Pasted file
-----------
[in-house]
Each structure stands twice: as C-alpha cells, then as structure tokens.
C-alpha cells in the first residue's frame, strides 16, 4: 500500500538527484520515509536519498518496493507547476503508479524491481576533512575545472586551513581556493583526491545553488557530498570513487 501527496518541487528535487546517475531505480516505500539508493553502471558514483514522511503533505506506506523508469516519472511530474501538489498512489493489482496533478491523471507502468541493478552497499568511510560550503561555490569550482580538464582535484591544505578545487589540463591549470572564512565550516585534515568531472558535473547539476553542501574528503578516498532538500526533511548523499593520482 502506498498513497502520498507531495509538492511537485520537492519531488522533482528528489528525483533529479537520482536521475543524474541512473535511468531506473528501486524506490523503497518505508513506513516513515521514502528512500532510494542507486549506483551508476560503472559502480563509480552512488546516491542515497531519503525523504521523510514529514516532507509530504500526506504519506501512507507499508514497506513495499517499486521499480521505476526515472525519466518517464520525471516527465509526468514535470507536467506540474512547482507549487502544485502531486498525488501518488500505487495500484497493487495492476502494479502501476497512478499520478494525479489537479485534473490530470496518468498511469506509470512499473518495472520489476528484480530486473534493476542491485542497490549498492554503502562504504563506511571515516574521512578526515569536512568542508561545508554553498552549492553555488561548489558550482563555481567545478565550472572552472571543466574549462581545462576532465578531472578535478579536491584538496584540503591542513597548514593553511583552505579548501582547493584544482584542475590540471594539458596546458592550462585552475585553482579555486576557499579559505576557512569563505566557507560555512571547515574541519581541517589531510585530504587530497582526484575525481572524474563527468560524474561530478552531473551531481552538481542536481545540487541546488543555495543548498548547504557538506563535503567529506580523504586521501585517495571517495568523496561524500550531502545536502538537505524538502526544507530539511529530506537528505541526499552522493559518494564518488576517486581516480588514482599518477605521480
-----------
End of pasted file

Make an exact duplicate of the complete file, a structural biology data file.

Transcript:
[in-house]
Each structure stands twice: as C-alpha cells, then as structure tokens.
C-alpha cells in the first residue's frame, strides 16, 4: 500500500538527484520515509536519498518496493507547476503508479524491481576533512575545472586551513581556493583526491545553488557530498570513487 501527496518541487528535487546517475531505480516505500539508493553502471558514483514522511503533505506506506523508469516519472511530474501538489498512489493489482496533478491523471507502468541493478552497499568511510560550503561555490569550482580538464582535484591544505578545487589540463591549470572564512565550516585534515568531472558535473547539476553542501574528503578516498532538500526533511548523499593520482 502506498498513497502520498507531495509538492511537485520537492519531488522533482528528489528525483533529479537520482536521475543524474541512473535511468531506473528501486524506490523503497518505508513506513516513515521514502528512500532510494542507486549506483551508476560503472559502480563509480552512488546516491542515497531519503525523504521523510514529514516532507509530504500526506504519506501512507507499508514497506513495499517499486521499480521505476526515472525519466518517464520525471516527465509526468514535470507536467506540474512547482507549487502544485502531486498525488501518488500505487495500484497493487495492476502494479502501476497512478499520478494525479489537479485534473490530470496518468498511469506509470512499473518495472520489476528484480530486473534493476542491485542497490549498492554503502562504504563506511571515516574521512578526515569536512568542508561545508554553498552549492553555488561548489558550482563555481567545478565550472572552472571543466574549462581545462576532465578531472578535478579536491584538496584540503591542513597548514593553511583552505579548501582547493584544482584542475590540471594539458596546458592550462585552475585553482579555486576557499579559505576557512569563505566557507560555512571547515574541519581541517589531510585530504587530497582526484575525481572524474563527468560524474561530478552531473551531481552538481542536481545540487541546488543555495543548498548547504557538506563535503567529506580523504586521501585517495571517495568523496561524500550531502545536502538537505524538502526544507530539511529530506537528505541526499552522493559518494564518488576517486581516480588514482599518477605521480